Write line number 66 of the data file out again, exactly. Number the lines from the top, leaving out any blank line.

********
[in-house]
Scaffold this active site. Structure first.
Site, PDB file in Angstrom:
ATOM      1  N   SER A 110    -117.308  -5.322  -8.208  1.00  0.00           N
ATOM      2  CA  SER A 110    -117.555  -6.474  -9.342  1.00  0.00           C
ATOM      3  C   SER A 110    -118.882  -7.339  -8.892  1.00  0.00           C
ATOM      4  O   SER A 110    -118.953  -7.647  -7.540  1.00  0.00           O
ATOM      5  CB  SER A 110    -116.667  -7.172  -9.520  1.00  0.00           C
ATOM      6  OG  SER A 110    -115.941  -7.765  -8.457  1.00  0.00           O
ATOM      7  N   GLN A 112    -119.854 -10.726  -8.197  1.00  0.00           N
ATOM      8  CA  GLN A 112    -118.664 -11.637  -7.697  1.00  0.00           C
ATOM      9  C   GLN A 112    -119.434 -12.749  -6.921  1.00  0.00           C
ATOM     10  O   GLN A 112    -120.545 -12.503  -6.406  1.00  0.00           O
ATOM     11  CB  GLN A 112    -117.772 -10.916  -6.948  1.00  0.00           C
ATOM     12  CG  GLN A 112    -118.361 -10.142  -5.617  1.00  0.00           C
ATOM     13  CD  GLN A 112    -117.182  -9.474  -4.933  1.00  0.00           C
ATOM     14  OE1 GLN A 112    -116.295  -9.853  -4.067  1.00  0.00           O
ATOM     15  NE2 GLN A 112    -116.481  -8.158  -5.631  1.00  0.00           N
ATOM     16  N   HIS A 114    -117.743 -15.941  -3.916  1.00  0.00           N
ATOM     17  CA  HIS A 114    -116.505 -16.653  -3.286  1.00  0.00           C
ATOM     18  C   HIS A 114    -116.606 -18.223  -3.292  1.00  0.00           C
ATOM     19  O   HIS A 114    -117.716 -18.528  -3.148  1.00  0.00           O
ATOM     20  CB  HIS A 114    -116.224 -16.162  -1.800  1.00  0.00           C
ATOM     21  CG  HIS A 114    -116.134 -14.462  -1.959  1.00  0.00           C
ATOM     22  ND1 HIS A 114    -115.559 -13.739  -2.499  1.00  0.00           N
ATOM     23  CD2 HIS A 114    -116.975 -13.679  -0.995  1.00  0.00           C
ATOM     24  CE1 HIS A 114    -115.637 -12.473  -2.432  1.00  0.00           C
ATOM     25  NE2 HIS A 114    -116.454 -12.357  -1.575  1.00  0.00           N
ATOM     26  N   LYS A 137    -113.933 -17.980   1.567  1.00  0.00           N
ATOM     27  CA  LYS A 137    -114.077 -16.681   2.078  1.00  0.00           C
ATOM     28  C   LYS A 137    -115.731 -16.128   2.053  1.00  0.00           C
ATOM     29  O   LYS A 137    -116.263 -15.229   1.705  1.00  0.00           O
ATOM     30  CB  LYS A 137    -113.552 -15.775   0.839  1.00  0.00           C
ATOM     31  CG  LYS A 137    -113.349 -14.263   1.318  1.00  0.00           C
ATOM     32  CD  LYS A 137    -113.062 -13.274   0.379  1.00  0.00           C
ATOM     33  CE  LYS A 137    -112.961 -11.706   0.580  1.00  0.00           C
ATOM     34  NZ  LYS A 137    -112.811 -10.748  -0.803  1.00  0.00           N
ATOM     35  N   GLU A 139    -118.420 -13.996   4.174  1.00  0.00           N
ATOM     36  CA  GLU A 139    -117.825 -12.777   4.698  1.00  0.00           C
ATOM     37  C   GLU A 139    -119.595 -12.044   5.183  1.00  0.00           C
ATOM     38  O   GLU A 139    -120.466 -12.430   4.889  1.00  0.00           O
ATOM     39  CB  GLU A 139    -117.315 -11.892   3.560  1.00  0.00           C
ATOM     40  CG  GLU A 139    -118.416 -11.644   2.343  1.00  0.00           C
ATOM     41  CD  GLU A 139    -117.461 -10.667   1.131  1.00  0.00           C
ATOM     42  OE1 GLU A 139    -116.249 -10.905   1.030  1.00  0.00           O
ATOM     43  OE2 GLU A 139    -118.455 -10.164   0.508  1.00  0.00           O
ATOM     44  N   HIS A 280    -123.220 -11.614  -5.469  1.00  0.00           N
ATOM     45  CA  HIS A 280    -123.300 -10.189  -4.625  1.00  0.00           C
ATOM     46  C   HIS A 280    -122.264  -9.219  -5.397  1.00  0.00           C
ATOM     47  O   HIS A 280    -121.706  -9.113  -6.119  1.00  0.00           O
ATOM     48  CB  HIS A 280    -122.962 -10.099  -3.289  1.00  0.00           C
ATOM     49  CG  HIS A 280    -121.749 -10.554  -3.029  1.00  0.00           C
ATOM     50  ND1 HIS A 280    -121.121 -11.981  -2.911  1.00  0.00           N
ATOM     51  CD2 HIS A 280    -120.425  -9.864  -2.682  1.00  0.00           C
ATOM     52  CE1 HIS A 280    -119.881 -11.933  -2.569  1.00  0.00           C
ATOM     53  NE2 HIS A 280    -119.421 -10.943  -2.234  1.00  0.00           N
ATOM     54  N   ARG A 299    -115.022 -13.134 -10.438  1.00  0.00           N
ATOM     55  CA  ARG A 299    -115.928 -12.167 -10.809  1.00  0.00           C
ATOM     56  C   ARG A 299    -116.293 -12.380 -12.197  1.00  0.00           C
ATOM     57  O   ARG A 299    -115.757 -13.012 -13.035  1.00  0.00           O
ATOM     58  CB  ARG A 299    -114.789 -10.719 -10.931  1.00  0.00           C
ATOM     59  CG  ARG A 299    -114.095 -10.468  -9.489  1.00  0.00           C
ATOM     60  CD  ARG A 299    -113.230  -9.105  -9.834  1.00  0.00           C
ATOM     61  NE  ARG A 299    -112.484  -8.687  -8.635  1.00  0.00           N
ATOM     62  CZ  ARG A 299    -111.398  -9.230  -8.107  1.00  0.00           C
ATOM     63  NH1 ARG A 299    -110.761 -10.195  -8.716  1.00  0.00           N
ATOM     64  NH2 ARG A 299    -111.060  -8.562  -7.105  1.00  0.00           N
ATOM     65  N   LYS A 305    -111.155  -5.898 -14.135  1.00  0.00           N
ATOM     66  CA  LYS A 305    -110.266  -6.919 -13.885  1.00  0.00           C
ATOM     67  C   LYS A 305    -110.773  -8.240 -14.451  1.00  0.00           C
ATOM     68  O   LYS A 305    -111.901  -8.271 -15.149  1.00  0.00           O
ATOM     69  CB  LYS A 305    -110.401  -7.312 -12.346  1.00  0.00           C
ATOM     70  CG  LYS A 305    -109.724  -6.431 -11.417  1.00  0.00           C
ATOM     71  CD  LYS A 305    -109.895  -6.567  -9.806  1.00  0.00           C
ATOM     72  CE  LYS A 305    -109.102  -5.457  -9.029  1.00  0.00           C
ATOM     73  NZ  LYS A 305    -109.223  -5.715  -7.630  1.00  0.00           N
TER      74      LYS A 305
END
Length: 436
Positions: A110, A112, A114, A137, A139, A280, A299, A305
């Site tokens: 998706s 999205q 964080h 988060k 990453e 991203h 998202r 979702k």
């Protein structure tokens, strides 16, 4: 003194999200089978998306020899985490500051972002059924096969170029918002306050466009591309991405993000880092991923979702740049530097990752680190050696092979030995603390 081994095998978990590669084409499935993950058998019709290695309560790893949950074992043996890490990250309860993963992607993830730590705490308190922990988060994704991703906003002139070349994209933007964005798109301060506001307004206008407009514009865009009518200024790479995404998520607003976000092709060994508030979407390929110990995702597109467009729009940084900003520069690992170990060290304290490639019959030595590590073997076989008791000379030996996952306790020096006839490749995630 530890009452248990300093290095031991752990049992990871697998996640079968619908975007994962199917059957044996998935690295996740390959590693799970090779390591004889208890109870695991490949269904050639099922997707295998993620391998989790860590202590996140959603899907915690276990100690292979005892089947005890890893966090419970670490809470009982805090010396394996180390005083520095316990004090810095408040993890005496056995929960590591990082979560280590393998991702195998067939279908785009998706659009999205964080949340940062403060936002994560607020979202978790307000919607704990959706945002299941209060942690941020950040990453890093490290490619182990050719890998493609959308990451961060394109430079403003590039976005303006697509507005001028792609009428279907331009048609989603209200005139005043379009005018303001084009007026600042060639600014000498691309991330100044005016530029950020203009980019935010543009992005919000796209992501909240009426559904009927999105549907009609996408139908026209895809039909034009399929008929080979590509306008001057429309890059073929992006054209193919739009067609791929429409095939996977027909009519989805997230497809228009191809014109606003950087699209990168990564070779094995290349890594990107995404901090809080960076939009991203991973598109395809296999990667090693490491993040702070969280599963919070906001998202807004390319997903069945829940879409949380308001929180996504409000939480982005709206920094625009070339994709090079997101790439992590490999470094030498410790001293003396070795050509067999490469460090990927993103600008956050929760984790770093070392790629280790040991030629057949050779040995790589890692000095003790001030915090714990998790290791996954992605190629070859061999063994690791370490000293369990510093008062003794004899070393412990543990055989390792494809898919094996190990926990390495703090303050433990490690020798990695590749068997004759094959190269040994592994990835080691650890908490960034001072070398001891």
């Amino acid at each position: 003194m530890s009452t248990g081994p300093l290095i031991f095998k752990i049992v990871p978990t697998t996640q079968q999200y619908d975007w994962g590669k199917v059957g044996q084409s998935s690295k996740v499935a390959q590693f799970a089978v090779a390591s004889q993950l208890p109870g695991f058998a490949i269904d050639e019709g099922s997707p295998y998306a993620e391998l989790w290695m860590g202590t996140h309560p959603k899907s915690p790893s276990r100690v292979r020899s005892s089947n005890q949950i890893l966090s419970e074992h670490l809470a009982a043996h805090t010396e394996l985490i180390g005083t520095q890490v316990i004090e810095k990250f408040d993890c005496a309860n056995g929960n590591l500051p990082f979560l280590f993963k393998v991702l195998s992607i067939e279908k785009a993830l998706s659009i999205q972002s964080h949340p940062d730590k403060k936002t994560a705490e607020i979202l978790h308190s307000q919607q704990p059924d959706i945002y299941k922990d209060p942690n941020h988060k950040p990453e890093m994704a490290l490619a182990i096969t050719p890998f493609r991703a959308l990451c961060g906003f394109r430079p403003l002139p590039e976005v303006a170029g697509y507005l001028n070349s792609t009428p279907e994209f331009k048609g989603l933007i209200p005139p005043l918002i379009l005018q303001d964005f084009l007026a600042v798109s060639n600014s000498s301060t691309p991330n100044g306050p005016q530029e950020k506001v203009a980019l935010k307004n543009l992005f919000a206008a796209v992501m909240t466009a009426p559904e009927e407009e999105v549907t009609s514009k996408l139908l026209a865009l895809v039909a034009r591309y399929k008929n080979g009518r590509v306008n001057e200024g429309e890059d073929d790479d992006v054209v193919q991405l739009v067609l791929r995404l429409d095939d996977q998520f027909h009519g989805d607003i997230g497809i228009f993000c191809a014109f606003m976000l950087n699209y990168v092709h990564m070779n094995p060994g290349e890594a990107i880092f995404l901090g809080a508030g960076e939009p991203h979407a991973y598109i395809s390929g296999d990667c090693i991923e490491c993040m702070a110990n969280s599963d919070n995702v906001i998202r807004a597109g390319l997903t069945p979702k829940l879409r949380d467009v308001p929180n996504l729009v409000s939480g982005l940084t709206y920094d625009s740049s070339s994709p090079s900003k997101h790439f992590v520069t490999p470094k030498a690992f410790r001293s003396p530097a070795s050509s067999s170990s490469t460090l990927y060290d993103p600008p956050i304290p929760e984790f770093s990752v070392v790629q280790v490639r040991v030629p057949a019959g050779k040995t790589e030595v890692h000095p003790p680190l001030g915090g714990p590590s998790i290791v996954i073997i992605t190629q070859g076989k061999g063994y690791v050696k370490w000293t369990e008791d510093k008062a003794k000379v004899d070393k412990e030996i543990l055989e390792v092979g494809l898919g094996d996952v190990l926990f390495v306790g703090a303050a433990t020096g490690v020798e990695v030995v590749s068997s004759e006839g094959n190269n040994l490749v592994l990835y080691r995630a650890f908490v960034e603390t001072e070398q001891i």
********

ATOM     63  NH1 ARG A 299    -110.761 -10.195  -8.716  1.00  0.00           N